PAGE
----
Efficiently Launching Your New Web-Based Business Idea in 2017

Before you approach investors, focus on building out and maturing your idea—which can be faster and cheaper than you’d think.

April 5th, 2017   |    By: James Morrell    |    Tags: Product, Launch, Lean

So, you’ve got an idea for a new web-based business venture and you’re looking to get started on product development.

You don’t know a lot about the direction you’re going to take when building your product or what to do when it comes to market validation. But, you think your idea is a good one. After all, you’ve got some early anecdotal feedback reassuring you of this.

Before you approach investors, focus on building out and maturing your web-based business idea—which can be faster and cheaper than you’d think.

This is the exact situation we found ourselves in with The Audio Hunt around 2 years ago. We adopted the Lean Startup methodology and utilized SEBLOD—A web application builder for Joomla!—as our platform of choice to build and launch quickly—which enabled us to stay agile, and respond flexibly to feedback from our customers to build a product that they want.

What is a ‘Lean Startup’?

In recent years, many startup tech companies have found success adopting a “Lean Startup” approach to product development and market validation. In contrast to traditional approaches to business which favor extensive business plans, market research through secondary data analysis and many hours of human-investment up-front to get a business off the ground, the Lean Startup approach favors getting a workable product to the market as quickly as possible in order to test hypotheses and get direct feedback from real customers early in the venture.

Often through work organization processes like “agile development”, teams that adopt a Lean Startup mentality maintain frequent product updates on an ongoing basis and retain a sense of attunement to what their customers want.

As Steve Blank notes in his article “Why The Lean Startup Changes Everything”, one of the critical differences between the two approaches is that traditional businesses execute a business model, whereas lean start-ups look for one.

Without a huge time and cost investment up front, entrepreneurs are able to maintain a level of fluidity about their web-based business, and can “pivot” their business concept to one that responds positively to their customer feedback.

The Lean Startup approach is popular for all the obvious reasons. When starting any business—often—the early stages are uncertain and you’ve yet to explore and answer key questions, such as:

-Do we really have a good idea?
-Does the market really want this?
-Which features should we build?
-What should we focus our limited resources on?

At this point, you only have a faint idea of who your customers are and what they want, more so than at any other stage of your business. The idea of a Lean Startup in this context is to flesh out what will work quickest and with as few resources as possible, to minimize your risk.

The short of it? Build quickly, fail quickly (and often), and repeat until you find what works.

If you’re adopting a Lean Startup approach, then you’ll want to first focus on building your MVP (Minimum Viable Product)  as quickly and cheaply as possible. An MVP is essentially your idea realized as a product in its simplest form, built with as few resources as possible. It’s a product with just enough features to launch and get proper end-user feedback to continue further product development in a focused direction.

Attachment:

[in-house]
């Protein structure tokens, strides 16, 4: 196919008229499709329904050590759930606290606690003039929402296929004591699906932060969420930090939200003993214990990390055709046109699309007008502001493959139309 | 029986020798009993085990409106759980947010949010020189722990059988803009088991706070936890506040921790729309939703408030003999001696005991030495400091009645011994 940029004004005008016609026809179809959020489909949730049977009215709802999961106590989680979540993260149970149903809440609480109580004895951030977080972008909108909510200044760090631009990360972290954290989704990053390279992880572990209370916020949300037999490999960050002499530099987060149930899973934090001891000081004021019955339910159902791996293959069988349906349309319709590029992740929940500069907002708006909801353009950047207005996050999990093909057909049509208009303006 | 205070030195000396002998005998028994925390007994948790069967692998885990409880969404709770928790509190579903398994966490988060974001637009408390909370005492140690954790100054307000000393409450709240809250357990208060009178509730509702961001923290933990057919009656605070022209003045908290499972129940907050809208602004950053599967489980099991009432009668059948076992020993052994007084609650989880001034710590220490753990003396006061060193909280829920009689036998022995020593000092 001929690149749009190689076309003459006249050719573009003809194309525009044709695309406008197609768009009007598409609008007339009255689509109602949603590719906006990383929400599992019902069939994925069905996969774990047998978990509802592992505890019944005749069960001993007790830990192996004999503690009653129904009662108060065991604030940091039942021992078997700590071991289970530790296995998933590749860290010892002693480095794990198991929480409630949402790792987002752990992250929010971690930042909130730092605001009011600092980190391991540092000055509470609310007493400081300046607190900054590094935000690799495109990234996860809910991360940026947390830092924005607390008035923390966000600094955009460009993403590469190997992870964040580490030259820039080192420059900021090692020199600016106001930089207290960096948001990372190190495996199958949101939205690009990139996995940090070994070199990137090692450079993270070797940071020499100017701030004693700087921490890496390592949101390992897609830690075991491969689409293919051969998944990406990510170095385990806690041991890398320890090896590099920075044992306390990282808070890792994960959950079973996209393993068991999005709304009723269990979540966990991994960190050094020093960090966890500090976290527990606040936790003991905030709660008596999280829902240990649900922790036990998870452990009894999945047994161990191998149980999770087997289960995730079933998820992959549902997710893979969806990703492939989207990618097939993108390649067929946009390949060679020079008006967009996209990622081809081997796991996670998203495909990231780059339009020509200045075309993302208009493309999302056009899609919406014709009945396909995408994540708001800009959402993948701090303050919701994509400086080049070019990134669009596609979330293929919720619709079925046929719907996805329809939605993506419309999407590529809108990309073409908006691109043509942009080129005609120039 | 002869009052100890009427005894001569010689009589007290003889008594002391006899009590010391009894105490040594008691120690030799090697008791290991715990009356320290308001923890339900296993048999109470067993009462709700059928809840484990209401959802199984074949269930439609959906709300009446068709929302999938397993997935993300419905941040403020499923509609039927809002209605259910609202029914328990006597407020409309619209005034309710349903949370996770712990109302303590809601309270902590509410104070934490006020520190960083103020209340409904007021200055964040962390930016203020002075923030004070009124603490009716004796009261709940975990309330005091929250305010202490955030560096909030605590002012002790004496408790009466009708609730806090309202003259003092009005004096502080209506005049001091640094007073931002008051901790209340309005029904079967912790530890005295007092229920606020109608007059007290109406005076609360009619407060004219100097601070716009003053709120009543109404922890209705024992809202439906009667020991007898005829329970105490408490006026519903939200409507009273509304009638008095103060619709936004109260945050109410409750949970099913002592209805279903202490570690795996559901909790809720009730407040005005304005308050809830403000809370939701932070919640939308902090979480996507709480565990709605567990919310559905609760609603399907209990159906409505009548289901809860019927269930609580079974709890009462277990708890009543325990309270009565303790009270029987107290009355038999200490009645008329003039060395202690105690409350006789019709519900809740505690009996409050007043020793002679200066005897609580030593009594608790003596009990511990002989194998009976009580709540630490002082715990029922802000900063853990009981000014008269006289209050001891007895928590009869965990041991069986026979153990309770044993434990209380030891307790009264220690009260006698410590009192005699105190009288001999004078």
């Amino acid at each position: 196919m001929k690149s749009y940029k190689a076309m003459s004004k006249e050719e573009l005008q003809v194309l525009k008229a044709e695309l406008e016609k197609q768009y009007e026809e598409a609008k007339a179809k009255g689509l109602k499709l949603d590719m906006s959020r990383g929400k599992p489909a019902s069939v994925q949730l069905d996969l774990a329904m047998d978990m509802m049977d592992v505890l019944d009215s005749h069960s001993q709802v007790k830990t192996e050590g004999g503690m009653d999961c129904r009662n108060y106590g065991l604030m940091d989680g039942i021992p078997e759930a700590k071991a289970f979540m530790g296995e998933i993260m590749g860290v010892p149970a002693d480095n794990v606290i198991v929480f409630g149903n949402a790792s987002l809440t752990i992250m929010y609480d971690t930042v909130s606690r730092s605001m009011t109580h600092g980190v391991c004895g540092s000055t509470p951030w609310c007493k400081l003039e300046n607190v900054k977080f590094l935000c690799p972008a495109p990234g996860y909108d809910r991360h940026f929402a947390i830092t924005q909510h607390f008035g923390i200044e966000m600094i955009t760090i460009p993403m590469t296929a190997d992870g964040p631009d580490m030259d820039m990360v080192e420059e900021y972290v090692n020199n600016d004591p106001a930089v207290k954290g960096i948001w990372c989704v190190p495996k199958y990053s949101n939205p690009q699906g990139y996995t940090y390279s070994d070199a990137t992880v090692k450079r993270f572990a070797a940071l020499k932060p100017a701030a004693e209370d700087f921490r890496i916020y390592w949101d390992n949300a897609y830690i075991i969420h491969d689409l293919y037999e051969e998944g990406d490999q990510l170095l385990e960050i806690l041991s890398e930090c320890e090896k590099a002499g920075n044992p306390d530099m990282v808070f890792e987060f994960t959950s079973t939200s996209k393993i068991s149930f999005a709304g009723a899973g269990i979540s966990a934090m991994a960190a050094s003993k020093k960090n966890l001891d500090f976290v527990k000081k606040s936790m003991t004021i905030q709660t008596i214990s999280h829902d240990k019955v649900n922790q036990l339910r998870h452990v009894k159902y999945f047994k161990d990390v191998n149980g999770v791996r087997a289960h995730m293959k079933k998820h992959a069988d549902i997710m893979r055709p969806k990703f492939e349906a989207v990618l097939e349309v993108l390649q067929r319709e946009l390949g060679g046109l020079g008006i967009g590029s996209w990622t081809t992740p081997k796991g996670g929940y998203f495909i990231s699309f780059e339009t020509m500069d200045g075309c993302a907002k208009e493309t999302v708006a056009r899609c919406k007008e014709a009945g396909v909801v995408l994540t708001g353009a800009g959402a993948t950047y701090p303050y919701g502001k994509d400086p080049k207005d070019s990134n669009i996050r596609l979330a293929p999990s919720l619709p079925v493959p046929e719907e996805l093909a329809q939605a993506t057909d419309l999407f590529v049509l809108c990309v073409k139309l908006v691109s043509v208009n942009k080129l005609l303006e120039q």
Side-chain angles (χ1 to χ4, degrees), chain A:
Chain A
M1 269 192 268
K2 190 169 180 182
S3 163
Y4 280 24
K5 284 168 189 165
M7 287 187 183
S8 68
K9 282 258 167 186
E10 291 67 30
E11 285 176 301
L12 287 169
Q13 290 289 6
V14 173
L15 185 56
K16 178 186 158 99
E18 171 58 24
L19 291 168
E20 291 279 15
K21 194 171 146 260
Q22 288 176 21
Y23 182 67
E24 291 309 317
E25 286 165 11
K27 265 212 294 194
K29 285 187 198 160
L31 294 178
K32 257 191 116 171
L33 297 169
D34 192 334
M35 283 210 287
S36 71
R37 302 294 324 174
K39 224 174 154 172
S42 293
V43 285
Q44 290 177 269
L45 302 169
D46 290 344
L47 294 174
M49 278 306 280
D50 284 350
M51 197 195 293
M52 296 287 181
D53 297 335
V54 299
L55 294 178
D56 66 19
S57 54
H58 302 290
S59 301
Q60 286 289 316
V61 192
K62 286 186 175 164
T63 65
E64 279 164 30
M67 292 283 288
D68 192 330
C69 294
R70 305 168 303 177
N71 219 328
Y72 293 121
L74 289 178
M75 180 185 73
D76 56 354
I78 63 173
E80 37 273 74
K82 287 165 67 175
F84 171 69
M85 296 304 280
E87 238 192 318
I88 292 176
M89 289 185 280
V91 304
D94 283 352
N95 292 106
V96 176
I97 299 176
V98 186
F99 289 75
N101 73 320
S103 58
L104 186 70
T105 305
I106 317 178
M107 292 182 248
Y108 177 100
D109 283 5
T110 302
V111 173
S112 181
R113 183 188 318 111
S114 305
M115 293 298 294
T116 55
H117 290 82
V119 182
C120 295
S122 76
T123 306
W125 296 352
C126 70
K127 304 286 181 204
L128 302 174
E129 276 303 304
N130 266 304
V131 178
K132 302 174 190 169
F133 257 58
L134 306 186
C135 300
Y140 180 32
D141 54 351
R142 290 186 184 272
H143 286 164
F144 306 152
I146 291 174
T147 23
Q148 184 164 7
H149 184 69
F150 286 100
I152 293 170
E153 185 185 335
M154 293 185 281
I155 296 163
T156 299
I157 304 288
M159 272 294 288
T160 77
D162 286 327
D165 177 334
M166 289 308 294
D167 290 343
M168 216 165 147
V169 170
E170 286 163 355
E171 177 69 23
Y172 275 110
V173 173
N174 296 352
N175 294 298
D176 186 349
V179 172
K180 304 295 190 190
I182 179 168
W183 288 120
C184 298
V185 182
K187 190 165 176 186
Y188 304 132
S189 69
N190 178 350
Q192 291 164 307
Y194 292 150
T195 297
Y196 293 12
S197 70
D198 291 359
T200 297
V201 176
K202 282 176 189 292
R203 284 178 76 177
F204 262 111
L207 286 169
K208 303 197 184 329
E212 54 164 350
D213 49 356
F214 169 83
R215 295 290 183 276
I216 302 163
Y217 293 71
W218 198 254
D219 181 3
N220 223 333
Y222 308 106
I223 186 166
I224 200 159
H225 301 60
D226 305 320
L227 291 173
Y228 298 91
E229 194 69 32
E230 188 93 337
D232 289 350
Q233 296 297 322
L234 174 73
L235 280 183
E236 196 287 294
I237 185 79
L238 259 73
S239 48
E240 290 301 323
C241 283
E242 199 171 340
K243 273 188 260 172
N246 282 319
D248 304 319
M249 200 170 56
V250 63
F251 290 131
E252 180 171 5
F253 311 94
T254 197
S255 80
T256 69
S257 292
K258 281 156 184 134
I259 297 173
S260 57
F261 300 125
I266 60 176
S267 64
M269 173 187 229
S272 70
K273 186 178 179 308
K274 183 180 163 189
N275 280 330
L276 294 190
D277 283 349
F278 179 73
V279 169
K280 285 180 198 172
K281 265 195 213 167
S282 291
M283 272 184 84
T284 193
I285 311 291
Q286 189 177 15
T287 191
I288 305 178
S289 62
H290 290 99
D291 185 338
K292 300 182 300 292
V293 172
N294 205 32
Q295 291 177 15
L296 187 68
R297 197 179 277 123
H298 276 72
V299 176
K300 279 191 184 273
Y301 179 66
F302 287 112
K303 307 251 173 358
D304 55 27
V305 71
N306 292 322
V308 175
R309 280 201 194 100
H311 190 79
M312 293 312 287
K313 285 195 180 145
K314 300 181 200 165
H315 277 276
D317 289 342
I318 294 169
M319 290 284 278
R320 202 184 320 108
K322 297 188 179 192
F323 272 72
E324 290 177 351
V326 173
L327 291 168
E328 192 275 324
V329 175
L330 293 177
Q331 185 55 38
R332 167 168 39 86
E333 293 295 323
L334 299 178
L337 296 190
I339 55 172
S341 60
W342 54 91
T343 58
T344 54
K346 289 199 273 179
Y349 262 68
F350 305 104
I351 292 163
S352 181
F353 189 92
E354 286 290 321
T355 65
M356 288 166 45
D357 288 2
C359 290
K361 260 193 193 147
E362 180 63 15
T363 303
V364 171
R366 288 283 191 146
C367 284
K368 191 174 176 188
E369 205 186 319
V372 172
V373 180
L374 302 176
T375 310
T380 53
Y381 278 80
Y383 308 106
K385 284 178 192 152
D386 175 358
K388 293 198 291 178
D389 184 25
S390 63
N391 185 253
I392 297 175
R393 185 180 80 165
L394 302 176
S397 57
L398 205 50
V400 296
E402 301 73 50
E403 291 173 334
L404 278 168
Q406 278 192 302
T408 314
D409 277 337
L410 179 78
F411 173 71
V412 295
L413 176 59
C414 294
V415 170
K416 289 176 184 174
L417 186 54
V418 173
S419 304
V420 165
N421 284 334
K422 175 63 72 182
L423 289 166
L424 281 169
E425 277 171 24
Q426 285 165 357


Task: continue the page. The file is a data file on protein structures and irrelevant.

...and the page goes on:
What Worked For Us

Our mission with TheAudioHunt.com is to change the way people make music and create records. We want to connect people from anywhere in the world with the best recording gear and professional ears to get the best sound possible.

Our early vision—one we still hold to—was to ‘democratize’ (i.e. make available to everyone) the benefits of the experience and audio equipment used by the most famous artist in the world.

When we started out, our team consisted of our CEO Stephen Bartlett, a rails developer who Steve had met through an acquaintance, and myself. The rails developer had made a start on the mechanics of the site, but the interface was suffering—which is where I came in.

As I had no prior experience implementing interface design with rails, and not wanting to slow the developer down from building functionality too much, we decided to approach our design and development with a slightly hybrid approach:

  1. The rails developer would build functionality with no thought to layout in order to get the project operational
  2. I would also build functionality using Joomla and SEBLOD (tools that I was familiar with from my web-agency days) with a focus on how it looked
  3. We would merge the 2 streams of work every couple of weeks

Now, a slight aside about SEBLOD: if you don’t have a hardcore tech-oriented founder in your team, then SEBLOD, is well worth considering when building your MVP. In its simplest form, SEBLOD is software to help you build web applications quickly. It uses a GUI-driven framework that lets you:

  • Structure the way your content is stored in your database easily (Content Construction Kit)
  • Customize the ways in which your content is retrieved from your database (Query Structuring)
  • Control the layout of your content and how it is presented to an end-user (Views & Layout Management)
  • Use and-reuse parts of your app on new projects or product iterations through an app export / import feature.

The software itself is Open Source, and has been built gradually over the past 8 years by the French web agency ‘Octopoos’. As their impressive range of client-based work has required new functionality over time, they’ve added amazing new features to SEBLOD and made them available freely.

It works as a “layer” that sits on top of the Joomla! Content Management system, which gives you robust control over user authentication and user management and other content management features like menu building, module placement, and content editing tools.

With the above tools at your disposal, you have easy control over user account creation and the essential building blocks of any basic web application (store data and controlling how to retrieve it), without needing to write much code—meaning that you may have just saved yourself a chunk of change by not needing to hire someone to build your product for you—or you’ve retained equity in your business because you haven’t needed to bring on a technically-oriented co-founder.